Imaginary Hazard Day

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About 20 years ago now, my old boss and I came up with the idea of Imaginary Hazard Day. It is always "celebrated" on October 26, for no apparent reason other than that was the day we came up with it. Every year, we urge everyone to take all unnecessary precautions.

As it happens, this year Imaginary Hazard day falls a few days after someone (singular or plural, as yet undetermined) sent a series of devices that may (or may not, and likely not) be bombs to some of our favorite portside politicians.

I don't know the whole thing is a legitimate terrorist activity, or a false flag, or something else. I do know this -- if these bombs were really a danger, we'd have never seen one of them. The bomb squads would have detonated all of them to prevent danger, mayhem, whatever. We have seen pictures of the bombs, though, pulled right out of the envelopes in which they arrived:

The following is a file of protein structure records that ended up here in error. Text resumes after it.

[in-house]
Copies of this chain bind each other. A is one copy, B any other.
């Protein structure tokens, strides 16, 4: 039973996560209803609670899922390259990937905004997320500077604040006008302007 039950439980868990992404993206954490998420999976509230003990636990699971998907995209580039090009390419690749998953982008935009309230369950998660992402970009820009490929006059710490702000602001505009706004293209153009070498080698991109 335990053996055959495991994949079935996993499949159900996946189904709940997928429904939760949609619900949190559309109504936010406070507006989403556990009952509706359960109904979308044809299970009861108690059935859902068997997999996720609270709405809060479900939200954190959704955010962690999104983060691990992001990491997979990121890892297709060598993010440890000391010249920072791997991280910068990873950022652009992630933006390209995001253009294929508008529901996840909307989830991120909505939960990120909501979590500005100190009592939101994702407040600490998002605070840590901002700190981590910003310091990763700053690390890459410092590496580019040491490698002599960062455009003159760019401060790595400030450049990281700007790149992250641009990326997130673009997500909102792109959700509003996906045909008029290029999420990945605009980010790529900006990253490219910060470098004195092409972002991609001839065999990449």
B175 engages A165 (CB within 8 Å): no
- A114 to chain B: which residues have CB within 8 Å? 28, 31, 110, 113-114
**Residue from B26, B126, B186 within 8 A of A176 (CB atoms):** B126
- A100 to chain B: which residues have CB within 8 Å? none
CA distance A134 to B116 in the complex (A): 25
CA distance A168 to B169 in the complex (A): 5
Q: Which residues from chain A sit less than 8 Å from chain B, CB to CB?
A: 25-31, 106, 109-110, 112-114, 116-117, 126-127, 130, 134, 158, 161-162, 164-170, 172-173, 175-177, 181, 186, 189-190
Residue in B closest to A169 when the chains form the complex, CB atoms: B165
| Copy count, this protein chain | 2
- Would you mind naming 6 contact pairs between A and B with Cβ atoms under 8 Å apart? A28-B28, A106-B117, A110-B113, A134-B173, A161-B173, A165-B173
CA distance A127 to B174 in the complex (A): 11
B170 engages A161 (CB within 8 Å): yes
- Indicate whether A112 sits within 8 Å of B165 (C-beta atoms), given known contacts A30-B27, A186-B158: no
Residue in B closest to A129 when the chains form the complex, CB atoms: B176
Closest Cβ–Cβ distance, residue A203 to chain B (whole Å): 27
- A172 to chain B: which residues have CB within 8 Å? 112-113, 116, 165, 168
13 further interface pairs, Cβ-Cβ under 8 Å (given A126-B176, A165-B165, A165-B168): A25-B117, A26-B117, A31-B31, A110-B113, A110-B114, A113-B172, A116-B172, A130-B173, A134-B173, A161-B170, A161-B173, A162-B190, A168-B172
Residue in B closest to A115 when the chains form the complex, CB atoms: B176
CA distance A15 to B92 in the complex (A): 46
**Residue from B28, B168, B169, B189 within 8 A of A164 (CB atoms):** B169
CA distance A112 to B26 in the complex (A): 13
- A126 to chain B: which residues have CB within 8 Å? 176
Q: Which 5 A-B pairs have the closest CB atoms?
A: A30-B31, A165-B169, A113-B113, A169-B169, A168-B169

Image result for mail bombs this week
Blowed up real good

So, if there was a real threat, we do we have this image? Frankly, the device looks more like a Pez dispenser than a bomb. If this were an actual explosive device, it would have been removed immediately from the place it was delivered and no one would have opened the package. So what's really happening? It's a question well worth asking on Imaginary Hazard Day.